Corruption costs the Democratic Republic of Congo (DRC) at least $15 billion each year, or around three times its annual budget, according to President Joseph Kabila’s anti-graft advisor.
“It’s an open secret that corruption exists and it is seriously eating away at institutions,” Emmanuel Luzolo Bambi told the UN’s news website Okapi.
“I have always said loud and clear that each year we lose at least 15 billion” from corruption and misappropriation of public funds, he said.
The DRC, of which Kabila has been president since 2001, has the reputation of being one of the world’s poorest, most volatile and graft-riddled countries.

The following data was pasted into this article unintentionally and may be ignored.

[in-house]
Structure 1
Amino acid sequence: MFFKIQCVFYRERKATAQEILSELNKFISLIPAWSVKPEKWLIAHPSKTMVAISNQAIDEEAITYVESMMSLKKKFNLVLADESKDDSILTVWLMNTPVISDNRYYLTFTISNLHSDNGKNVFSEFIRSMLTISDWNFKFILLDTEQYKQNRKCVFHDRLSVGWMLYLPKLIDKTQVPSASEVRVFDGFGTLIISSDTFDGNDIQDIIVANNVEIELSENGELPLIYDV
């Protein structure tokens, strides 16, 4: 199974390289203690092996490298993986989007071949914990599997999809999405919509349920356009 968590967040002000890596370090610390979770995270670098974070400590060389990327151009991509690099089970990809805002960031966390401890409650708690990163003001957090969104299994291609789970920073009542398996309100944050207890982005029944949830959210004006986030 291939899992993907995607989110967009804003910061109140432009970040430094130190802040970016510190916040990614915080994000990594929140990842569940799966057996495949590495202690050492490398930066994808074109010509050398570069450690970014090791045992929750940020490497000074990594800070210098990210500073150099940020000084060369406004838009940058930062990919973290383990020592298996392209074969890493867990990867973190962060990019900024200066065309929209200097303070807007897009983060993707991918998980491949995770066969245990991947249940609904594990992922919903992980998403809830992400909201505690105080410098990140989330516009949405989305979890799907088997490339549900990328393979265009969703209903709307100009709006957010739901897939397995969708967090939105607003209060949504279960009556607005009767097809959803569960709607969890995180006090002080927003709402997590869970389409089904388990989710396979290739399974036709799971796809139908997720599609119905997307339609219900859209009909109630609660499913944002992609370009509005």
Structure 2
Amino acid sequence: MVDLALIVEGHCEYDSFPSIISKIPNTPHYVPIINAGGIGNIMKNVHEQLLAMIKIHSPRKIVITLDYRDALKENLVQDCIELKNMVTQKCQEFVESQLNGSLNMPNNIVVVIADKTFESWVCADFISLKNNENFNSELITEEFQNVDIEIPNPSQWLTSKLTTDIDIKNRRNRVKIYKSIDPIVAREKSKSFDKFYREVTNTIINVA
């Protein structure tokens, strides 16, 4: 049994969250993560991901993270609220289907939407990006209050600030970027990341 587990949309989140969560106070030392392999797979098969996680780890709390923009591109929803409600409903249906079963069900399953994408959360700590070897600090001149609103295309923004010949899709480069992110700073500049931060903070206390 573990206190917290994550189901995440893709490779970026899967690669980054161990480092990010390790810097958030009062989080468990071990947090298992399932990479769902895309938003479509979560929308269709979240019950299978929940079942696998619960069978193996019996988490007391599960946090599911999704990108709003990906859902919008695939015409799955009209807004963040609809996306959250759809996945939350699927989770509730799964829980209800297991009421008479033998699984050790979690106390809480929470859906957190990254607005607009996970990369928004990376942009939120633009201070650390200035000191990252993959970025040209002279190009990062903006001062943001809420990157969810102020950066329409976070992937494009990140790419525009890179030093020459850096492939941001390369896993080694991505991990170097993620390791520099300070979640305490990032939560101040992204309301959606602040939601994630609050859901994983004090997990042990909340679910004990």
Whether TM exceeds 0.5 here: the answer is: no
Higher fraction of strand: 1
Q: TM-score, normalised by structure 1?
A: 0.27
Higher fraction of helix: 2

In Transparency International’s 2017 Corruption Perceptions Index, the DRC ranked 161 out of 180 countries.
However, estimates of the financial loss from corruption are hard to quantify — a former Congolese prime minister, speaking to AFP on condition of anonymity, said the figure of $15 billion was “plucked out of the air”.
The DRC’s 2018 budget is around $5 billion. The country has a gross domestic product (GDP) of about $40 billion, or nearly a 10th of that of Nigeria, sub-Saharan Africa’s biggest economy.
The World Bank estimates per capita annual income at $450, or 225th out of 237 economies surveyed.